The administration’s special treatment of STCA calls into question its ability to process permit applications to the largest development project in Sammamish history with impartiality and integrity.

Relying on the press release

Malchow

Mayor Malchow

In response to an email inquiry from Mayor Christie Malchow, Stickney wrote, “The newsletter article was written by me, and the press release was written by STCA and provided to the City.

“I took their press release, chose the information that I believed would be most relevant to the community, and created the newsletter article.”

This is not an unusual practice, provided proper attribution is included. Stickney did not. This left the reader with the impression this was a city statement.

The facts and the image in story was supplied by the developer and not verified for accuracy.

“The article is obviously heavily reliant on the information included in the press release…because our source of information regarding the project is STCA/Innovation Realty”, states Stickney in an email to Mayor Malchow.  The city could have relied on information in STCA’s permit applications, but chose to rely on a press release and a 3D sketch, that may or may not be reflecting the actual plans for the Town Center.

Not good practice

Malchow, Deputy Mayor Karen Moran and council members Tom Hornish and Chris Ross were not aware of the origin of the newsletter statements.

“This does lack the transparency that the newsletter’s article was not an independent voice of the City’s,” Malchow wrote The Comment in an email. “[T]here is likely an expectation from our residents that our newsletter articles are the City’s own. I suspect Council would have weighed in on the content if we’d been made aware that it was mainly an outside organization’s work.”

“I believe our city newsletter should offer to our citizens an independent view of our city’s plans, and not be influenced by the positioning or posturing of others,” Hornish wrote The Comment.

None of the “V-3” council members, Ramiro Valderrama, Pam Stuart or Jason Ritchie, responded to a request for comment or to answer if they were aware the article largely originated with STCA’s PR firm.

The V-3, led by Valderrama, have become cheerleaders for STCA on the council.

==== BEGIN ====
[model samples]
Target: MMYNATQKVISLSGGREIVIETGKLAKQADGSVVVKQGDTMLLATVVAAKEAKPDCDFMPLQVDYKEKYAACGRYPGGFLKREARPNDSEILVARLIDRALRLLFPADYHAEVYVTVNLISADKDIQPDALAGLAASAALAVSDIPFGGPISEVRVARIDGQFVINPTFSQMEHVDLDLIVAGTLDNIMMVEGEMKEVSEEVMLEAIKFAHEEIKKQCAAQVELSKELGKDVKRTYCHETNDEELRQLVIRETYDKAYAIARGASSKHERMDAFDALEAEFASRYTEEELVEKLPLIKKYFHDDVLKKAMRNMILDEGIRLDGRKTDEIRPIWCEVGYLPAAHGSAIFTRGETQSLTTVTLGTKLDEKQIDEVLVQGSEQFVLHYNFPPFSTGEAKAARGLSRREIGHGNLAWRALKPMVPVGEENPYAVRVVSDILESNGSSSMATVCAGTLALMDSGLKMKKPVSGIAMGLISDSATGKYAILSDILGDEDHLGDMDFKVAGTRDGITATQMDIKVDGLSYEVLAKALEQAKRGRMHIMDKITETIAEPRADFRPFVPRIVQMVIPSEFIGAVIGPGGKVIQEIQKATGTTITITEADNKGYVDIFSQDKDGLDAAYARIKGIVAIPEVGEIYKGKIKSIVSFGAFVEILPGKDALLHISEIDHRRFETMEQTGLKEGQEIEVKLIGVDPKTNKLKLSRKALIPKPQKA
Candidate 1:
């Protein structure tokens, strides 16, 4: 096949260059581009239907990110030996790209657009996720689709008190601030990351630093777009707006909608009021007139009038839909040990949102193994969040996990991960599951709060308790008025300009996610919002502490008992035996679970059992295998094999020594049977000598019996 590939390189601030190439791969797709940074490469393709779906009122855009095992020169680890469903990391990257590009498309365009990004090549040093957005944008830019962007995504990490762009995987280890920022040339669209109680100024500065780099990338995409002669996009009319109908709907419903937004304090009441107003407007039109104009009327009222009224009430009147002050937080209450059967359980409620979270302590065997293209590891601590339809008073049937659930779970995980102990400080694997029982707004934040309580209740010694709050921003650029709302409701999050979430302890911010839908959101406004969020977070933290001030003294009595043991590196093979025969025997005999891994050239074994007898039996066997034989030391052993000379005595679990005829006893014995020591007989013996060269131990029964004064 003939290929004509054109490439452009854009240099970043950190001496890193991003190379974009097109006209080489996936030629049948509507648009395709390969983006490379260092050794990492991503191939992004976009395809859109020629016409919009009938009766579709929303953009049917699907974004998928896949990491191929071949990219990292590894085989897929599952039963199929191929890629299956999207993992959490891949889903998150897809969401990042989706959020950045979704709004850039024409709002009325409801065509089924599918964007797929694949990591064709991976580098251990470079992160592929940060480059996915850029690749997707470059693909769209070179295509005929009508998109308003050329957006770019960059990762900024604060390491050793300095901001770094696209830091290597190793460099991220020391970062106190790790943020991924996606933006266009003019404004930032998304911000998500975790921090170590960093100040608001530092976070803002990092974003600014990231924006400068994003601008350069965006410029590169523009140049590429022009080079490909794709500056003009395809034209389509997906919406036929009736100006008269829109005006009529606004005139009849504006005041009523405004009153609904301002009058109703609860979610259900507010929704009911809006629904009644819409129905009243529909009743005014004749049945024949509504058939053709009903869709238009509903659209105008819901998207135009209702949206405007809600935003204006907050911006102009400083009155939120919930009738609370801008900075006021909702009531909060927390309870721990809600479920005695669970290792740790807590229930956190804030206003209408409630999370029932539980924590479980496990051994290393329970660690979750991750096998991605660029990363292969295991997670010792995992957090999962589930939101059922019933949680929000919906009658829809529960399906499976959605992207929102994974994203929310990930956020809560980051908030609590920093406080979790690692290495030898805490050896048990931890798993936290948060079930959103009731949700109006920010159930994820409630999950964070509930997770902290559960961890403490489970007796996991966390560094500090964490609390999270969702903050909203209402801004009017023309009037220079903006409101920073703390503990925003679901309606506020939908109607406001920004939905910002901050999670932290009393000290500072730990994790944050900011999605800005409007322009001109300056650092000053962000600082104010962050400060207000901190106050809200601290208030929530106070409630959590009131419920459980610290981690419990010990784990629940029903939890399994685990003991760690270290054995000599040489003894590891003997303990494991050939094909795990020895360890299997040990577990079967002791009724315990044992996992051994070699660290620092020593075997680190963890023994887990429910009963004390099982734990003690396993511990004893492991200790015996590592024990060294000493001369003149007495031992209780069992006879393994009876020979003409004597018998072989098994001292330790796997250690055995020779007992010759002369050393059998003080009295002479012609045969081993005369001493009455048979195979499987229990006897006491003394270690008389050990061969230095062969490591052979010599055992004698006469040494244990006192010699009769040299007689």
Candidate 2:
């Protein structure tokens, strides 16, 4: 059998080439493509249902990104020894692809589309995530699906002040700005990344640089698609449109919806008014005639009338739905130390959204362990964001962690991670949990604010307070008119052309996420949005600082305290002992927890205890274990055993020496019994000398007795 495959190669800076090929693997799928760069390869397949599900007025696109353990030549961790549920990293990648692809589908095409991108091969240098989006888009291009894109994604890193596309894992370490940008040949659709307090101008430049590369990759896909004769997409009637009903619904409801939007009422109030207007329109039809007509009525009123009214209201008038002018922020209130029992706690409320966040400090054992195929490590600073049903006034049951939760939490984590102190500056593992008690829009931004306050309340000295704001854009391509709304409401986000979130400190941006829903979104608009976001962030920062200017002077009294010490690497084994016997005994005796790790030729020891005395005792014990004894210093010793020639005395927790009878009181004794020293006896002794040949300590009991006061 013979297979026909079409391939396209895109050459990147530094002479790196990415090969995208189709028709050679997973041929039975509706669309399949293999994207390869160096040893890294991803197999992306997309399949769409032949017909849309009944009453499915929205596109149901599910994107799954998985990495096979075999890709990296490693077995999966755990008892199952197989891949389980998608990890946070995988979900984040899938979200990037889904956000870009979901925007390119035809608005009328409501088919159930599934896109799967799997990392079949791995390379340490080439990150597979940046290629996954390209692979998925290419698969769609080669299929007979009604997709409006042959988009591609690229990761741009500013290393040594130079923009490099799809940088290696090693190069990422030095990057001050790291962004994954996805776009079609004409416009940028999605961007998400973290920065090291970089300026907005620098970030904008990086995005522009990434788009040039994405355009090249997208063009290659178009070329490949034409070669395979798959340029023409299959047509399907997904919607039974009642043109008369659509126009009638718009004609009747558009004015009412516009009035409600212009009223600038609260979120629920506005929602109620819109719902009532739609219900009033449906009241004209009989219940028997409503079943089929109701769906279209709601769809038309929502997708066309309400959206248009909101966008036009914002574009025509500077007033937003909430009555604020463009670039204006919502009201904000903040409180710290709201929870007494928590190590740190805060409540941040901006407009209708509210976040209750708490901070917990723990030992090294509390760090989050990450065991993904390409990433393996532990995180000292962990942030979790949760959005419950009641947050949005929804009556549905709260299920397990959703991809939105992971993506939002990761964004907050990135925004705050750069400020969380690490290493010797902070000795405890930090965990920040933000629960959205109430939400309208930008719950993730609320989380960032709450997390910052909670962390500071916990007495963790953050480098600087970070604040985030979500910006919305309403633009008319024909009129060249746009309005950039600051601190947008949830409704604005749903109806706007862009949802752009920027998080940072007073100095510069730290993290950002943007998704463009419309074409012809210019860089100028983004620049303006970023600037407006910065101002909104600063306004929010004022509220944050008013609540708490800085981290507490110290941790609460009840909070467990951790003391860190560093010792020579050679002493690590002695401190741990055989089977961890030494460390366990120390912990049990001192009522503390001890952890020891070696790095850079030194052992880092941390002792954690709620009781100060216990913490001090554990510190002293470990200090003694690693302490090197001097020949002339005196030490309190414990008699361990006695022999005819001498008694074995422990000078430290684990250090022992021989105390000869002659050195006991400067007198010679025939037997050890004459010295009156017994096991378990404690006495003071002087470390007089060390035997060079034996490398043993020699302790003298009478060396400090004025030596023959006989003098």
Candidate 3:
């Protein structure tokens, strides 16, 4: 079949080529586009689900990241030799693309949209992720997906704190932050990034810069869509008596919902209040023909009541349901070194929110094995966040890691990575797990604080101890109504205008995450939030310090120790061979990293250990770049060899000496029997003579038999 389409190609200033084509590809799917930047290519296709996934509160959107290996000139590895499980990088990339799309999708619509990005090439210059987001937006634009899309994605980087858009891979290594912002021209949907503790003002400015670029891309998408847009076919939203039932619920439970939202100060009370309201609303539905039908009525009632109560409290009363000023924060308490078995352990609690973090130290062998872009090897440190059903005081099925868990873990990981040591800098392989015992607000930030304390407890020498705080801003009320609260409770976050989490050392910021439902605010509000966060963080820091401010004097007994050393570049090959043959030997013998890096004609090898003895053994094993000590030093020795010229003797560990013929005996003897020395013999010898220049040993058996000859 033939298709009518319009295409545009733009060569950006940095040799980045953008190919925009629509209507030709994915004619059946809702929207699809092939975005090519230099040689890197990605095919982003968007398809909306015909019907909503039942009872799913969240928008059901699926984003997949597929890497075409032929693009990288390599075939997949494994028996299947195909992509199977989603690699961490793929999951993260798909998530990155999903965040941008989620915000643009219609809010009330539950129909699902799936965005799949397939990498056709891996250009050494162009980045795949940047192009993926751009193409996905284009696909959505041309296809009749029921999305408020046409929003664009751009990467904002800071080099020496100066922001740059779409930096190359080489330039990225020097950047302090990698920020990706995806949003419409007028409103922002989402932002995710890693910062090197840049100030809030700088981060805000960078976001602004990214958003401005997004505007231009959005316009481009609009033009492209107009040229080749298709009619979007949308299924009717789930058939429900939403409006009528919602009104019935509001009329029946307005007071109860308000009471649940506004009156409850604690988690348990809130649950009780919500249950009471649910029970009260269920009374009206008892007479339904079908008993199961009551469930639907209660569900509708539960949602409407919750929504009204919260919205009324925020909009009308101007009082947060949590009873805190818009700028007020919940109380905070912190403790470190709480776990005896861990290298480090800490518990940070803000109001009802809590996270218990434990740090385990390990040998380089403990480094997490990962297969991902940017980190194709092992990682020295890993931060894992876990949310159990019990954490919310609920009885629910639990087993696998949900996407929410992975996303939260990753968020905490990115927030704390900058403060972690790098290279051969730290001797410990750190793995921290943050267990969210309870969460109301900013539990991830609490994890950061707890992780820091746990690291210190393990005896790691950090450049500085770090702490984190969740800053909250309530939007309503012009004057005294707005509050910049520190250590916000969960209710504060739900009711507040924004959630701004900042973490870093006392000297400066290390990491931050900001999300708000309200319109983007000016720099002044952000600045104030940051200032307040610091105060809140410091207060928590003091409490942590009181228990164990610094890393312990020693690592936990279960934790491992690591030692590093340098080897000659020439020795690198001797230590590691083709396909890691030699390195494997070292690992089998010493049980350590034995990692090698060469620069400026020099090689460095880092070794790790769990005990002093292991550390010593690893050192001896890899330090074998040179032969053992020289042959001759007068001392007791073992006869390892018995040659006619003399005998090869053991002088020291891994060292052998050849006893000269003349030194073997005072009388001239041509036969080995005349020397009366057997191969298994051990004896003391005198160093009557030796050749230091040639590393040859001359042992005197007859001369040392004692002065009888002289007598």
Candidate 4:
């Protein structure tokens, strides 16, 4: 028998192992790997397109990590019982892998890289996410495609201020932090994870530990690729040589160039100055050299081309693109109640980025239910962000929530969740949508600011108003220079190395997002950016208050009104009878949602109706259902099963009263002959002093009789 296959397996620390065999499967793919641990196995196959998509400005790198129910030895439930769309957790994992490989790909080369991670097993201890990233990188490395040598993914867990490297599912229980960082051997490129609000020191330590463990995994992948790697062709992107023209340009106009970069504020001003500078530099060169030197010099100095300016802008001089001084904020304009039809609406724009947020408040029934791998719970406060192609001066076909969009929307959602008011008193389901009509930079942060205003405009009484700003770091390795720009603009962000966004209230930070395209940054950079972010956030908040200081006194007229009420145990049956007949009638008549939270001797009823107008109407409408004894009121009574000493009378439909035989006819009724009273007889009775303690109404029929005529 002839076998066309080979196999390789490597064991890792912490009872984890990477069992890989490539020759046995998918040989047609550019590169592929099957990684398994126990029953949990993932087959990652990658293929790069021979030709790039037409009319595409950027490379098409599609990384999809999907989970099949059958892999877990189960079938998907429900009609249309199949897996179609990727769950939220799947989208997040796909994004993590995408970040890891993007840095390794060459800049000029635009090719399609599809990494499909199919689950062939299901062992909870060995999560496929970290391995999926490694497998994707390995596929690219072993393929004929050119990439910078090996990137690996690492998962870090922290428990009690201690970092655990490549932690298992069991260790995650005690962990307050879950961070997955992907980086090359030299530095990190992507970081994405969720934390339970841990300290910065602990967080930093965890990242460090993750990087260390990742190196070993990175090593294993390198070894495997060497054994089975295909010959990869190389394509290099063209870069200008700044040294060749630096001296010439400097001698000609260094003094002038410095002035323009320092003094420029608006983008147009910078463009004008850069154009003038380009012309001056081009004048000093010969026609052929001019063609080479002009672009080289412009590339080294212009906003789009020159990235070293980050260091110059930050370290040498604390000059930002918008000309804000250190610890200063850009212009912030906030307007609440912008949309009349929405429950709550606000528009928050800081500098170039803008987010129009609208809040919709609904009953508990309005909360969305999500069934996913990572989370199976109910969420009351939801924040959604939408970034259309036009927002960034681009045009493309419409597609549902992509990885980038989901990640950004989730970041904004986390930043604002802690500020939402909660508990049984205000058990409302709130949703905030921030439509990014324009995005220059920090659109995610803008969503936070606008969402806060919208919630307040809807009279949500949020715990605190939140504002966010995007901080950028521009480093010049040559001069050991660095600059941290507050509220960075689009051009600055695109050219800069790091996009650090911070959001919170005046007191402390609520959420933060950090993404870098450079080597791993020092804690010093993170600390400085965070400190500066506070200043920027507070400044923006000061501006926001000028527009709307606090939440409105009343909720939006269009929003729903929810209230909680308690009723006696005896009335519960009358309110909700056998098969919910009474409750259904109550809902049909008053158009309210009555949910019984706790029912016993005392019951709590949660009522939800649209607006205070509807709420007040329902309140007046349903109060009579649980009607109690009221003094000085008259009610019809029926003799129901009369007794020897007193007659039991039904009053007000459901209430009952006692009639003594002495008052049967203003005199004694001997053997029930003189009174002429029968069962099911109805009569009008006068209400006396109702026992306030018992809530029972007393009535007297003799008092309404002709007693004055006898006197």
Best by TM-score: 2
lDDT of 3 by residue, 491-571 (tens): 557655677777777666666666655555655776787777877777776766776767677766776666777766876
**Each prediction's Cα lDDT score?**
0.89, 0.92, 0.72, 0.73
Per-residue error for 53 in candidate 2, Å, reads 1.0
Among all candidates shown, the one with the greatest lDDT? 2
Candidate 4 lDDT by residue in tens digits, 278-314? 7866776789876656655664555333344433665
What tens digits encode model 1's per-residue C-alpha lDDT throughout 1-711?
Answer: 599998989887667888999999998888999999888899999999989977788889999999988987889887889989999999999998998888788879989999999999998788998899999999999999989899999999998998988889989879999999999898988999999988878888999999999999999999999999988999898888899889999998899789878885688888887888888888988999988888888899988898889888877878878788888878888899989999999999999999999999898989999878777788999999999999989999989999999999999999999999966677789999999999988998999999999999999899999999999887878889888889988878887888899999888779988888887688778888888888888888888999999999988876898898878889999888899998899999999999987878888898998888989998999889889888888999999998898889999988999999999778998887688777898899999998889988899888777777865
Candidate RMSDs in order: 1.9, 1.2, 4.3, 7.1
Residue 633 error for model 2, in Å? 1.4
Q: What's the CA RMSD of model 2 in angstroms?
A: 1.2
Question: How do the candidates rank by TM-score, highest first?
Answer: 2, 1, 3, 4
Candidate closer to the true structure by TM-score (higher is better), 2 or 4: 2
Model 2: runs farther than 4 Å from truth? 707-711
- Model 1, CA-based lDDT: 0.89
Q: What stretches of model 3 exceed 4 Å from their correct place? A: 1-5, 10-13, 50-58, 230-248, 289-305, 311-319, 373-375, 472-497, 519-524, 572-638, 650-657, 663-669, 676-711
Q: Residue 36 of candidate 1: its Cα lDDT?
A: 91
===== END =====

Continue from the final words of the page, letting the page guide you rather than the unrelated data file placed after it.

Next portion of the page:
The evolving relationship between the city and STCA appears to have moved well beyond that of an applicant and a reviewing agency. This is cause for concern at all levels of public policy, good government and for the citizens of Sammamish. Preferential treatment should alarm not only the entire city council and the citizens. Other developers and the “moms and pops” have good reason to be concerned about the preferential treatment being afforded STCA.

The lack of concern, and indeed advocacy, by the V-3 is especially troubling. These council members are supposed to be looking out for and representing the interests of Sammamish citizens. Instead, their overt cheerleading for STCA is puzzling.

 

11 thoughts on “Just how cozy is the city with STCA?

      • John, you know perfectly well your personalized tirade in one of your well known tantrums is what got your comment edited. That’s the truth. You’d been warned before that crossing that line would get you edited. As long as you are civil, you can and have said whatever you want.

  1. I would like a better understanding of what Kellie Stickney calls “adopted vision.” It does smack of a public-private partnership when the city dictates or limits what a developer might otherwise choose. Since it sounds like this deal was made in 2008, does that tie our hands now; was the moratorium to study concurrency ever going to affect the Town Center? Let’s hear from the city’s legal counsel. What did the city agree to with STCA 10 years ago?